FIGURE 2. SOCE-calcium-CaMKK is involved in Ang II-induced cardiac autophagy (A) Ang II treatment increased LC3-II expression levels in NRCM, which were blocked by SOCE inhibitor YM-58483 and SKF-96365. The representative immunoblots and data summary are shown (B) Effect of intracellular calcium chelator BAPTP-AM on LC3-II protein levels in NRCMs. The representative images (left) and data summary of immunoblots (right) are shown (C, D) Representative images and data summary showing that knockdown of Orai1 (C) and STIM1 (D) in NRCM using Orai1-siRNA and STIM1-siRNA respectively attenuated Ang II-induced cardiac autophagy, as indicated by LC3-II levels (E) Effect of CaMKK inhibitor STO-609 on LC3-II protein levels in NRCMs. The representative images (left) and data summary of immunoblots (right) are shown (F) Continuous infusion of Ang II increased LC3-II protein levels in C57 mice, which were blocked by Orai1 knockdown. The representative immunoblots and data summary are shown. *p < 0.05, **p < 0.01, and ***p < 0.001.

Next, we established a mouse model of cardiac hypertrophy by continuous infusion of Ang II (1.5 mg/kg/day) in C57 mice for 2 weeks. As expected, Ang II infusion increased LC3-II accumulation in heart tissue suggesting cardiac hypertrophy. Importantly, in vivo knockdown of Orai1 using tail injected adeno-associated virus-based Orai1-shRNA (AAV-Orai1-shRNA) markedly reduced Ang II-induced LC3-II accumulation (Figure 2F).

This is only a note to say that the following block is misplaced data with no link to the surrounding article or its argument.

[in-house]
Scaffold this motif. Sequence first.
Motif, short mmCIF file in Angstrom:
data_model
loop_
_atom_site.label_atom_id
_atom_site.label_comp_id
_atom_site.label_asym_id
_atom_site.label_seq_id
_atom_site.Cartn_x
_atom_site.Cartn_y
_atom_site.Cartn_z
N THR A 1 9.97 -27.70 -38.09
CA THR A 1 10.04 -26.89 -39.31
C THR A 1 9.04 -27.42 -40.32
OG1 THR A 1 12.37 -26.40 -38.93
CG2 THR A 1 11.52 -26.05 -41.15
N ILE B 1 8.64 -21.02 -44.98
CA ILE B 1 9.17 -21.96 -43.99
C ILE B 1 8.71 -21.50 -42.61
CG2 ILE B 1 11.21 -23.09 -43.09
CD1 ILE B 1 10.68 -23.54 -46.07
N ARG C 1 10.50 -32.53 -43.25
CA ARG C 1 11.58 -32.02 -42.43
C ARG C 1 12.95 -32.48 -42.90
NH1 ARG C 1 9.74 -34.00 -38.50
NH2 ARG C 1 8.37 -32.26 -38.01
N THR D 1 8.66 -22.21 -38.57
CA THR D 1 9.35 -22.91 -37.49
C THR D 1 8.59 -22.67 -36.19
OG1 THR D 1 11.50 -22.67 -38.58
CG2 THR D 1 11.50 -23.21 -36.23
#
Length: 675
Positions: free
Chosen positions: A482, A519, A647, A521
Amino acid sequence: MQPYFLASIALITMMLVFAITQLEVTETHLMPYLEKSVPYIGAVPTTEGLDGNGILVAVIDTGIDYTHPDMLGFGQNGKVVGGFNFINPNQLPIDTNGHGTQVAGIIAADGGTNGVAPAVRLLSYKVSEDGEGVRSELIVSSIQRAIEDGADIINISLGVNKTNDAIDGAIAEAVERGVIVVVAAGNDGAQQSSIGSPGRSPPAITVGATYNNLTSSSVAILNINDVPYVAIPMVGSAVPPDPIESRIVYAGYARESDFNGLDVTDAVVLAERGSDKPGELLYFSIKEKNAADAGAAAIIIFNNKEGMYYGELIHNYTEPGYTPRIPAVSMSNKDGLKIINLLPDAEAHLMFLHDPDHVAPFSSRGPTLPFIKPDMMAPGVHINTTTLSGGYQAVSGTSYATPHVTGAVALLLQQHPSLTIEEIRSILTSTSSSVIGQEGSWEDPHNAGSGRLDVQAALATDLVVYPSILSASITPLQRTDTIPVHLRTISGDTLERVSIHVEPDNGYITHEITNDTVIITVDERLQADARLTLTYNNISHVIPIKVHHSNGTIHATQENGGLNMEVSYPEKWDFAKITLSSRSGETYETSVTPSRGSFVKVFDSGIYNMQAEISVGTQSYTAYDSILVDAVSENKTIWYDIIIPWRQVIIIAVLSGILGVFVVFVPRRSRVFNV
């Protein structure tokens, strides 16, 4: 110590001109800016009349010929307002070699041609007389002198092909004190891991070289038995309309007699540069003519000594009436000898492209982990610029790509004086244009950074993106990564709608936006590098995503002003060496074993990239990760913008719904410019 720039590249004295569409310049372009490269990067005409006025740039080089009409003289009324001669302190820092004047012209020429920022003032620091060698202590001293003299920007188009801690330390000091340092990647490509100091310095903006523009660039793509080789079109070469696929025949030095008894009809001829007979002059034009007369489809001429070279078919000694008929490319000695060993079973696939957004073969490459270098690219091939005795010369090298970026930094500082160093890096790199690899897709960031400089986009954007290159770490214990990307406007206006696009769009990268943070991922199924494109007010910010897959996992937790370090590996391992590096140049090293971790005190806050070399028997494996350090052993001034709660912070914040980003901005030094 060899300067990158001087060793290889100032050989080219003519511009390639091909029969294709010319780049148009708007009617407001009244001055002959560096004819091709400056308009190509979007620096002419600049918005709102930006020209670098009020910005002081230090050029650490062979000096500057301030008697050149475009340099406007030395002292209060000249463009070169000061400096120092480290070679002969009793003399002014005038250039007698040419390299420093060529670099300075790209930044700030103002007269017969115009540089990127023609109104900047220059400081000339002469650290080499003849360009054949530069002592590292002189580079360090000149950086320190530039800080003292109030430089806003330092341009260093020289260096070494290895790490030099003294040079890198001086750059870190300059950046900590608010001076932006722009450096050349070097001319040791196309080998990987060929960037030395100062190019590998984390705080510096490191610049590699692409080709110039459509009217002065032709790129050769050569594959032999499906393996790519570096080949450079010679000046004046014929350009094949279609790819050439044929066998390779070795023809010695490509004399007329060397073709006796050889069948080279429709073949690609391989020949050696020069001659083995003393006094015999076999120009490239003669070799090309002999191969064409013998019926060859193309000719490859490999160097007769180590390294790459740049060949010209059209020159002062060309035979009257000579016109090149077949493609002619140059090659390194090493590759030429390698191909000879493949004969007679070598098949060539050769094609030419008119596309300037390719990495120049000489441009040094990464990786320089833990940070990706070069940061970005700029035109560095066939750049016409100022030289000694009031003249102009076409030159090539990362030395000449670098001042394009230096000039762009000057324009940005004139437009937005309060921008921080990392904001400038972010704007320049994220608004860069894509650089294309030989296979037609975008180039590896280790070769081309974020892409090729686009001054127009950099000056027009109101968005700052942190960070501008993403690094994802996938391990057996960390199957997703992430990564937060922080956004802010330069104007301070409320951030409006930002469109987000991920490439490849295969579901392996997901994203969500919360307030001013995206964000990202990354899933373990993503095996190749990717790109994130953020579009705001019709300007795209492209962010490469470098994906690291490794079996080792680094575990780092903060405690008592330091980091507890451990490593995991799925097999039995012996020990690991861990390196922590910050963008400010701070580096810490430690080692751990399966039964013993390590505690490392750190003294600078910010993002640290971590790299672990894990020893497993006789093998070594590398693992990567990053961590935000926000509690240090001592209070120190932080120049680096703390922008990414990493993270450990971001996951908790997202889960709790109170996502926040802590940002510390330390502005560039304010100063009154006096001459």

These results, both in vitro and in vivo, demonstrate that SOCE and Orai1 promote Ang II-induced cardiomyocyte autophagy.

Orai1 Affected the Induction of Autophagic Flux

Orai1/STIM1 knockdown-based reduction in LC3-II levels could be either due to a decrease in autophagic induction or an increase in autolysosomal degradation. Therefore, to examine that, we performed an autophagic flux assay in cultured NRCMs using bafilomycin A1 (Baf-A1), an inhibitor of lysosome-mediated degradation. We observed that even in the presence of 10 nM bafilomycin A1, Orai1-siRNA1 and STIM1-siRNA could reduce the Ang II-induced LC3-II accumulation (Figures 3A,B).


FIGURE 3. SOCE down-regulates Ang II-induced autophagic flux both in vivo and in vitro. SOCE siRNAs did not increase the autophagic flux (A, B) After bafilomycin A1 (Baf-A1) treatment in NRCM, the representative immunoblots and data summary of LC3B are shown. The effects of Orai1 silencing on LC3-II protein levels in mice hearts with or without Ang II treatment are shown (C) NRCMs with or without Orai1 or STIM1 knockdown were transduced with Ad-mCherry-GFP-LC3 for 48 h, followed by culture in normal or glucose-free medium for 3 h. The representative images of GFP and mCherry dots (C) together with quantification of autophagosomes and autolysosomes (D, E) are shown (F, G) C57 mice intraperitoneally (i.p.) injected with leupeptin (40 mg/kg) at the indicated doses every two days were sacrificed after 28 days. The representative immunoblots and data summary of LC3B are shown. *p < 0.05, **p < 0.01, and ***p < 0.001.